NGC 6960 & NGC 6992, the West and East Veil Nebulas, are part of the Cygnus loop, the remains of a supernova that exploded over 100,000 years ago. Two other sections, NGC 6995 and 6979 are close by.
M29 is an unimpressive open cluster, notable only in that it was one of the original discoveries of Charles Messier.
NGC 6819 is a small open cluster with about two dozen stars from 10th to 12th magnitude within a 5’ circle. Its discovery in 1784 is attributed to Caroline Herschel.
Deneb, which marks the tail of the swan, is one of the 20 brightest stars in the night sky. Just three degrees away lies NGC 7000, the North American Nebula, so-called because of its obvious shape. This is an active star forming region and quite large, though it’s difficult to see without the aid of astrophotography.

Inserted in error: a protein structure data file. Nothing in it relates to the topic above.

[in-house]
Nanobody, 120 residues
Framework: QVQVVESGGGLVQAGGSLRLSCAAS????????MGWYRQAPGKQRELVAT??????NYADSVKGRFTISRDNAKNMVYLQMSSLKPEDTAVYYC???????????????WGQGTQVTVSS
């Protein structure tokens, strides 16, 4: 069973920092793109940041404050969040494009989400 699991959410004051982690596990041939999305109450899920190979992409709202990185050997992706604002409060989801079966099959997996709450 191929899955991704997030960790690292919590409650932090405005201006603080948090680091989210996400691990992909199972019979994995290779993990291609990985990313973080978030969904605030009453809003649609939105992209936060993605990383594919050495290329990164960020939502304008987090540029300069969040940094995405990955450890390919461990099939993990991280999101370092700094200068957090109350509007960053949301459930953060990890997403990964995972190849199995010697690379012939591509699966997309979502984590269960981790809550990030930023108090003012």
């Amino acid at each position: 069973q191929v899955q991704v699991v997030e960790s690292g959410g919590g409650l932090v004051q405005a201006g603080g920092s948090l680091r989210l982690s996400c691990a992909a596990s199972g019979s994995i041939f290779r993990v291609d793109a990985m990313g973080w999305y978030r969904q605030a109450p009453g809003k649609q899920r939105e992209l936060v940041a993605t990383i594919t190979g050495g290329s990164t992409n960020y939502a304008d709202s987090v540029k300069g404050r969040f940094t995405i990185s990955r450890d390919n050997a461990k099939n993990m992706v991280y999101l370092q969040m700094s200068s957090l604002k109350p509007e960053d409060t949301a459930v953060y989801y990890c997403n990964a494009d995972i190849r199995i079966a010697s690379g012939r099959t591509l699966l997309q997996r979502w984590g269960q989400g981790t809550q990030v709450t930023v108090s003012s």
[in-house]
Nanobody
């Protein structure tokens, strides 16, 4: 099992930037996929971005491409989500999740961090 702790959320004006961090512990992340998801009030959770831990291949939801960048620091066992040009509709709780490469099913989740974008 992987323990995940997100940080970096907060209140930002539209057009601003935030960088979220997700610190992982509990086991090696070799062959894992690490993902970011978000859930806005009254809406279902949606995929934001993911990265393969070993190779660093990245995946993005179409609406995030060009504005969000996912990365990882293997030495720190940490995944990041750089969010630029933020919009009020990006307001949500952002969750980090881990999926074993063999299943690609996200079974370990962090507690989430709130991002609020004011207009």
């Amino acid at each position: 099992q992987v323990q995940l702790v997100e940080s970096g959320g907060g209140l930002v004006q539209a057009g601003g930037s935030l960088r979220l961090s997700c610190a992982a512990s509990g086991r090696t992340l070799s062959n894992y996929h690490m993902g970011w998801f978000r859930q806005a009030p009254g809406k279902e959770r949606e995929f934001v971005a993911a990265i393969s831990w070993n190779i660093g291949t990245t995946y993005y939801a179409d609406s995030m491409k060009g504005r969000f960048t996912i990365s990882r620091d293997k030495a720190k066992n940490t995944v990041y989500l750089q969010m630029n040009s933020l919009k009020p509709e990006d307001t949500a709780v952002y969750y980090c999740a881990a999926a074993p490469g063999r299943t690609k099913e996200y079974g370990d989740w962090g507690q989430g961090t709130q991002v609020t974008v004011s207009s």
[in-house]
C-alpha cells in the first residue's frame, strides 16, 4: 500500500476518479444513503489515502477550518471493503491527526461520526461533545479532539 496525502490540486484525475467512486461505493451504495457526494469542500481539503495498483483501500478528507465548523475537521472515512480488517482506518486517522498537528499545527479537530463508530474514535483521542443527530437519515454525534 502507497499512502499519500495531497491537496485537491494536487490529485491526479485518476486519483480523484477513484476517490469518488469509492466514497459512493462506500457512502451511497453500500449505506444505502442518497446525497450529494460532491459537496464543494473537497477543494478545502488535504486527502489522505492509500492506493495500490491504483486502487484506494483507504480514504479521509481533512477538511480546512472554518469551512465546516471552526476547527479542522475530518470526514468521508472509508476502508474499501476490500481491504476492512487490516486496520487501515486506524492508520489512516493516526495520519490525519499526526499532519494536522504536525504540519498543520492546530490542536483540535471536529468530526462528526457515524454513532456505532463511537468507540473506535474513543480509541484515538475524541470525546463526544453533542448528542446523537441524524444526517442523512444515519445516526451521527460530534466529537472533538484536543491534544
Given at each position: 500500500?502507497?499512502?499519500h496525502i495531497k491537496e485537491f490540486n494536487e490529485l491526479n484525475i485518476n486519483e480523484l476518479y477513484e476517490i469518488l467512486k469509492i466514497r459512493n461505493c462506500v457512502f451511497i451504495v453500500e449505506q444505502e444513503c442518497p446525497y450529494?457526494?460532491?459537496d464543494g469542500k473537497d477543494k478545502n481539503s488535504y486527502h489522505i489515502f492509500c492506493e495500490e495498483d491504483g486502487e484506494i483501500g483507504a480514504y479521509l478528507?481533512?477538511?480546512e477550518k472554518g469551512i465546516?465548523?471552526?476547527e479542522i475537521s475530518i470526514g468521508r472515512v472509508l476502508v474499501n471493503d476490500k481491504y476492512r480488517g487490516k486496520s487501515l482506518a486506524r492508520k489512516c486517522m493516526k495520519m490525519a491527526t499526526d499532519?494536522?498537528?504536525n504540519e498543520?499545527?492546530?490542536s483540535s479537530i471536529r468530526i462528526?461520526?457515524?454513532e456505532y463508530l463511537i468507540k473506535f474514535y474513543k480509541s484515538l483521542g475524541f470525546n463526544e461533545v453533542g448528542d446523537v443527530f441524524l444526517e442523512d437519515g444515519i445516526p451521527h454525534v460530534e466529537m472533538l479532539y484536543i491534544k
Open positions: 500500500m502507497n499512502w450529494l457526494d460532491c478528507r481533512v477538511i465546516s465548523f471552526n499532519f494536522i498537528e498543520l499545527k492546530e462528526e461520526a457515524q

M39 is an open cluster, and is a nice binocular object with 30 or so stars spread over its seven lightyear diameter. It’s also "pretty close" to Earth, at "just" 800 lightyears.
Finally, NCG 6826, the Blinking Nebula, gets its name from an odd phenomenon: its central star appears to blink on and off when you look toward and away from it quickly.